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U.S. Court In Louisiana Holds HIPAA Pre-Empts State Law On Disclosure Of Patient Information

 
 

HLD, v. 31, n. 3 (March 2003)

U.S. Court In Louisiana Holds HIPAA Pre-Empts State Law On Disclosure Of Patient Information

Mary Jane Stewart and Margaret Catherine McGinity (relators) filed a qui tam action seeking to recover damages under the False Claims Act against Dr. Stephen Flood, Dr. Stuart I. Phillips, Dr. Bernard Manale, Dr. Ida Fattel, Dr. John Watermeier, and The Louisiana Clinic (collectively defendants) for allegedly trying to defraud the government by submitting false claims for medical services under Medicare and Medicaid. Defendants filed motions for protective orders to protect the confidentiality of non-party patients' medical records that the relators requested defendants produce. One of the motions also requested that the government be prohibited from receiving copies of any non-party patients' medical records because it did not intervene in the suit.

The U.S. District Court for the Eastern District of Louisiana granted the motions in part and denied them in part. Defendants argued that if they were compelled to produce the medical records without concealing patients' identities they could be subject to civil liability under Louisiana law, and contended that Louisiana law on provider/patient privilege is not pre-empted by the Health Insurance Portability and Accountability Act of 1996 (HIPAA). Defendants also argued that the government was not a party and should not be provided with any records and, in the alternative, the government should not be allowed to use the records for any purpose other than litigation if they receive the documents.

Turning first to the issue of privilege, the court determined that the relators' claims were based solely on federal law, and there is no provider/patient privilege under federal law. Defendants presented a question of first impression, said the court, when they agued that HIPAA and its implementing regulations direct the application of Louisiana privilege law. Analyzing HIPPA, the court determined that HIPAA pre-empts contrary state law unless the state law relates to patient privacy and is "more stringent" than HIPPA's requirements. The relators and the government argued that the HIPAA standards do not go into effect until April 2003, but the court agreed with the holding in United States v. Sutherland, 143 F. Supp. 2d 609 (W.D. Va. 2001), that while the standards are not currently binding, they indicate a "strong federal policy of protection for patient medical records." Finding that it must apply the exception to pre-emption, the court determined that the Louisiana law failed the "more stringent" element of the exception because state law did not address the need for "express legal permission from an individual" but only provided a way of negating the need for permission. However, the court said that, while HIPAA pre-empted the state law, there was good cause shown for entering the protective order. Therefore, the court ordered the production of the medical records with certain restrictions.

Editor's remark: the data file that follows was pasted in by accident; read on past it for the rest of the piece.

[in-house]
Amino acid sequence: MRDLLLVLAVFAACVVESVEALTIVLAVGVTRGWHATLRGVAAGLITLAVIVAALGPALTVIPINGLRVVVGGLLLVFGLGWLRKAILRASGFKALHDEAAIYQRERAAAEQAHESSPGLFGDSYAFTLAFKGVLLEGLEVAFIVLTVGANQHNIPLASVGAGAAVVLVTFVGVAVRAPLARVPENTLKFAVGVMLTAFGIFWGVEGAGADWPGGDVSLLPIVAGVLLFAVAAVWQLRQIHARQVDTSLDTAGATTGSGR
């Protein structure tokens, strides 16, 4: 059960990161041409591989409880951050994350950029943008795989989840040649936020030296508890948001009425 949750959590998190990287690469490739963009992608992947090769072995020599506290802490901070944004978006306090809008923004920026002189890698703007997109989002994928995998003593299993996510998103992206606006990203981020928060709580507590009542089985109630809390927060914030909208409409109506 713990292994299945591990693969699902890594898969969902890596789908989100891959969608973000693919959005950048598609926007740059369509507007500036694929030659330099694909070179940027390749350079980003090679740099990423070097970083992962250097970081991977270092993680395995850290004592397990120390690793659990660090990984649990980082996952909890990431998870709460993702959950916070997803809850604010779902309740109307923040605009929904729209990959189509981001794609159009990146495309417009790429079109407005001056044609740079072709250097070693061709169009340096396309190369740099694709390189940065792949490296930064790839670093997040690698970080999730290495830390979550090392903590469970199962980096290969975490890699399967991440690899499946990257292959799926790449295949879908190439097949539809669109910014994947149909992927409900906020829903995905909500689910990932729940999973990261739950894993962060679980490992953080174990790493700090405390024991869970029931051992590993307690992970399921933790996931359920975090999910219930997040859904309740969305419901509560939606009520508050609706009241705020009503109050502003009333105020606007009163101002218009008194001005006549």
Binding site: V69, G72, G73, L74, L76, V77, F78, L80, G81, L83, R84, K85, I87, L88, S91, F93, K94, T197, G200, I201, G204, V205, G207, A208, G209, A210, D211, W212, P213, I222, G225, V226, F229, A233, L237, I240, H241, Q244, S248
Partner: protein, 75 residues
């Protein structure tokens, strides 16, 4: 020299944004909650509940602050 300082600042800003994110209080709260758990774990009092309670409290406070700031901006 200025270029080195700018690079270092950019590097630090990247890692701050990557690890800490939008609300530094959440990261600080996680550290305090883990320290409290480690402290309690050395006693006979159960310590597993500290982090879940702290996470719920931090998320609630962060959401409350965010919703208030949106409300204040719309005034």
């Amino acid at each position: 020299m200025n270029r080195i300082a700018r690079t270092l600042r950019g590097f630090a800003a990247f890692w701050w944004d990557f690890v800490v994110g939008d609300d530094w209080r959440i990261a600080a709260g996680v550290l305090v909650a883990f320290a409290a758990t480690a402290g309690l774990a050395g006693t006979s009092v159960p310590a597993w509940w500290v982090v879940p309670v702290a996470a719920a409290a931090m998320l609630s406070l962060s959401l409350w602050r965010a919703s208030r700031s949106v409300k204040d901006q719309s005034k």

The court also determined that defendants' argument that the government was a non-party because it had declined to intervene and therefore had no rights to participate in discovery was also an issue of first impression. In Searcy v. Philips Elec. N. Am. Corp., 117 F.3d 154 (5th Cir. 1997), the Fifth Circuit held that, even if the government does not intervene in a qui tam action, it is still a real party in interest. The nature of a qui tam action affects whether the government may be "a relevant party in the suit for some purposes of the litigation." See United States ex rel. Russell v. Epic Healthcare Mgmt. Group, 193 F.3d 304 (5th Cir. 1999). The court agreed with the Searcy court that the structure of the False Claims Act gives the government a certain level of participation, reliance on a statutory right, and a stake in the outcome of the case. The court concluded that the government's status as a real party, and the "elements of control" exercised by the government, entitled it to receive documents that are produced for discovery.

Finally, the court addressed the issue of limits on the government's use of the discovery documents. The government argued that HIPAA permits disclosure of discovery documents to the Department of Justice as a "health oversight agency." Finding that HIPAA is clear and unambiguous, the court held that the government could use the discovery documents for "legitimate governmental health oversight activities." Accordingly, the court granted the defendants' motions for a protective order in part, and denied them in part.

United State ex rel. Stewart v. The Louisiana Clinic, No. 99-1767, 2002 WL 31819130 (E.D. La. Dec. 11, 2002) (23 pages).

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